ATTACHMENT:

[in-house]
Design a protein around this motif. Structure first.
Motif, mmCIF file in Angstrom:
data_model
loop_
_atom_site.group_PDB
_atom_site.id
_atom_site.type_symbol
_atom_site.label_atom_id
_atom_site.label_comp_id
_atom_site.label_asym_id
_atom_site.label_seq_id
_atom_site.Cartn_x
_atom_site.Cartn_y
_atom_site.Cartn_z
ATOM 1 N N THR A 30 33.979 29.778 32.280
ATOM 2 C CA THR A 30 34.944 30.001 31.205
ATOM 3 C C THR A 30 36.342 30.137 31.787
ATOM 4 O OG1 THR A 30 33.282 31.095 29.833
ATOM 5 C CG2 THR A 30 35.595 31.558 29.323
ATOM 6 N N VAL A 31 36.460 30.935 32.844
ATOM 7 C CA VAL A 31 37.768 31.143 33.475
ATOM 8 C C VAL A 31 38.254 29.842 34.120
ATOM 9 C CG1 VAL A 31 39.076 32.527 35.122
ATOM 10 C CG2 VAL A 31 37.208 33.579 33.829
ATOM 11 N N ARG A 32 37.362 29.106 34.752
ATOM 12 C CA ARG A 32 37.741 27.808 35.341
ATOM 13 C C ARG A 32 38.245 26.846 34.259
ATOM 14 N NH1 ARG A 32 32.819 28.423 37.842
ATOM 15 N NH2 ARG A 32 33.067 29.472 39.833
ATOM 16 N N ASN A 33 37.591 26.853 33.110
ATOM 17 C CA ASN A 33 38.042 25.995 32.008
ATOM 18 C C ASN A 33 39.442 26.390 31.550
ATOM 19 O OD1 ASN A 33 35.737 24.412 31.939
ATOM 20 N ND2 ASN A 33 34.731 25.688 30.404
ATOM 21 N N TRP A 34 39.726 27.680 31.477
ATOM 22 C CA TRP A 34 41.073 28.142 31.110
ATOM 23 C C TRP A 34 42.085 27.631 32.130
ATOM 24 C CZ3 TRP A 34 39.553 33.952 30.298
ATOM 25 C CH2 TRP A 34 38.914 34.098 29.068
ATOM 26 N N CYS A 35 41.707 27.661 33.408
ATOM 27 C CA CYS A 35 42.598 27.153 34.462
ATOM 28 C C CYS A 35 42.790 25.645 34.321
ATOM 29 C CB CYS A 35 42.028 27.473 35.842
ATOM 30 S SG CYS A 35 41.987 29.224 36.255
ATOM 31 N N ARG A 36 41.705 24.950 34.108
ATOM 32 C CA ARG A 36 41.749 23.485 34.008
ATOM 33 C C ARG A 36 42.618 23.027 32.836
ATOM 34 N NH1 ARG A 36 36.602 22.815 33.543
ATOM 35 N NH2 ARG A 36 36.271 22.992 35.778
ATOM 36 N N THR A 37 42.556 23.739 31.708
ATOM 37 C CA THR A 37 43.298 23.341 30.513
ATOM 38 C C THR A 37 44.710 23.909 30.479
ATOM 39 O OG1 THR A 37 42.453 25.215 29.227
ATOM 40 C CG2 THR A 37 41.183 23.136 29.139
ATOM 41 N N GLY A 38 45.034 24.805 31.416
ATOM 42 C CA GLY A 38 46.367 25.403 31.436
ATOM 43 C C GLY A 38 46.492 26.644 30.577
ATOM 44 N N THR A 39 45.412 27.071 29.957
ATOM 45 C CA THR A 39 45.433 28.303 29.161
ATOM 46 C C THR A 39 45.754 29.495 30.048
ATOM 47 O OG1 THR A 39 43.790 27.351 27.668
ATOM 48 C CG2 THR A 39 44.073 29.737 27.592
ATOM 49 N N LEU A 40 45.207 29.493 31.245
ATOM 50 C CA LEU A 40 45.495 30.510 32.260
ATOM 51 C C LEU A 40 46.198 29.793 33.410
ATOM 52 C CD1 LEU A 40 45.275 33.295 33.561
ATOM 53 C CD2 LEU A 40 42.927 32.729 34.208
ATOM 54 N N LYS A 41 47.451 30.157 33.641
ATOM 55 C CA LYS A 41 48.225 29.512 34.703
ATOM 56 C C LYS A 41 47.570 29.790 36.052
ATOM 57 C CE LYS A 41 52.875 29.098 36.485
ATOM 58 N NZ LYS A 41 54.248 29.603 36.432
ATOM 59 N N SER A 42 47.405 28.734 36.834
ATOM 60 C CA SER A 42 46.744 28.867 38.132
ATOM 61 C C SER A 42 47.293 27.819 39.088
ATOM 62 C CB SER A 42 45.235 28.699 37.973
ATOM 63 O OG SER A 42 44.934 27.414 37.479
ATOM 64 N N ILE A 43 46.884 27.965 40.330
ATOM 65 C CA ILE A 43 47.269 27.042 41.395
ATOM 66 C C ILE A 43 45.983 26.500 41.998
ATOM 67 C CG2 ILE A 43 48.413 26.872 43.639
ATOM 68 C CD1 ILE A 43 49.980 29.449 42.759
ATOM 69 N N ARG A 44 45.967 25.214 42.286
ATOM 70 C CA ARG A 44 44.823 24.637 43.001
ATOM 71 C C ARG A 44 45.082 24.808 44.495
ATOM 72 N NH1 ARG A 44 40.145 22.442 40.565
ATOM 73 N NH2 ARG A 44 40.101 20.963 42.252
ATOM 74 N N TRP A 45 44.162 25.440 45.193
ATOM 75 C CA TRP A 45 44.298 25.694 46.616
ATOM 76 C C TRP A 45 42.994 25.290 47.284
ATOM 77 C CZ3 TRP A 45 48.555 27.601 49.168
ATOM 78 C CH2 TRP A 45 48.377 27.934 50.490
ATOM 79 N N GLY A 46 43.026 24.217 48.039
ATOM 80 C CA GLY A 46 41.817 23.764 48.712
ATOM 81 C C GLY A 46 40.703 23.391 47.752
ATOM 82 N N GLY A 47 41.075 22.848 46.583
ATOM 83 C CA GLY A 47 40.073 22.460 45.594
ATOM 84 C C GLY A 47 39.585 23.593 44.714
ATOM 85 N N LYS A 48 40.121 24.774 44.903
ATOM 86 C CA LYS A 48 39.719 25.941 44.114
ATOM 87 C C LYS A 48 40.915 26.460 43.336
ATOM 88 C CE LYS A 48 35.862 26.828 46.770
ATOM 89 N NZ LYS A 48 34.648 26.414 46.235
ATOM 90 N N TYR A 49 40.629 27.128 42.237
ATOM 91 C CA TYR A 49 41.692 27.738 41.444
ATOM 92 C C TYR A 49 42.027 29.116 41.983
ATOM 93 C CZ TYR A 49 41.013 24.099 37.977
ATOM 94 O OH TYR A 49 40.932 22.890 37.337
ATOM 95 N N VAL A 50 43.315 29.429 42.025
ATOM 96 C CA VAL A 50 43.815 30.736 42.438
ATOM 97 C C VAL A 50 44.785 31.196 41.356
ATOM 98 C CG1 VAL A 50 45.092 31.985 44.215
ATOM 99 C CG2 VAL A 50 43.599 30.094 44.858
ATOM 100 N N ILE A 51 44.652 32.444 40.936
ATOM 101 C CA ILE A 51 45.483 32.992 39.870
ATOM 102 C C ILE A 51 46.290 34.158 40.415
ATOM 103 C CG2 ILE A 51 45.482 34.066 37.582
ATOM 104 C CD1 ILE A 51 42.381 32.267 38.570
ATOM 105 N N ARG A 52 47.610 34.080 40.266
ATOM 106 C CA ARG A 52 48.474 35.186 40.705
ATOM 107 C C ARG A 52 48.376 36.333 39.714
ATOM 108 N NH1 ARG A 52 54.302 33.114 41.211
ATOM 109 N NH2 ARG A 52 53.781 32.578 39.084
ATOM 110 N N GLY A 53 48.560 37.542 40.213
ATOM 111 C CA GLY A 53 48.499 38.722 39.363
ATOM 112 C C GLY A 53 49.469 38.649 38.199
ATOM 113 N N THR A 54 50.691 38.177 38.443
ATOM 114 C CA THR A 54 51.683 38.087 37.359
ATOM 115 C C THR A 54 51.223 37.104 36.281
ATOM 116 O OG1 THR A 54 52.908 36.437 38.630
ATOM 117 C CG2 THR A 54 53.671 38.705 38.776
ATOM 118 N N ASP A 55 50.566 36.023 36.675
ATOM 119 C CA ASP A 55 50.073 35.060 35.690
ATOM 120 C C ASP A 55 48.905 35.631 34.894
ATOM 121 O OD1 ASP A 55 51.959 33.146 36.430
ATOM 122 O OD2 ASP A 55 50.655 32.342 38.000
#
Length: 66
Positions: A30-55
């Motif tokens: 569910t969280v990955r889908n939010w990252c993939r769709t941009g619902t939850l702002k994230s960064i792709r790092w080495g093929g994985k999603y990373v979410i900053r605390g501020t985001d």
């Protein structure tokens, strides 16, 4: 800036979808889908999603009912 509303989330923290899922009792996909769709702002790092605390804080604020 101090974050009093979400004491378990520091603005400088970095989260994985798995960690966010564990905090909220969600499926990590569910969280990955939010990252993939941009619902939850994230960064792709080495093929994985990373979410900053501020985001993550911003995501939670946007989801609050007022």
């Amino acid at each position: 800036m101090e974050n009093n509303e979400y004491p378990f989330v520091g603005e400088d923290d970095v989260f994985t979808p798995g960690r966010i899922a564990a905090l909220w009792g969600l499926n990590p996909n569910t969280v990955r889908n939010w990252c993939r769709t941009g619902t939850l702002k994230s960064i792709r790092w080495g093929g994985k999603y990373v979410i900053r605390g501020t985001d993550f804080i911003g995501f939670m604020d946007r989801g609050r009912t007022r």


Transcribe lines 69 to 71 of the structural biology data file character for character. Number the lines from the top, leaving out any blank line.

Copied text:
ATOM 54 N N LYS A 41 47.451 30.157 33.641
ATOM 55 C CA LYS A 41 48.225 29.512 34.703
ATOM 56 C C LYS A 41 47.570 29.790 36.052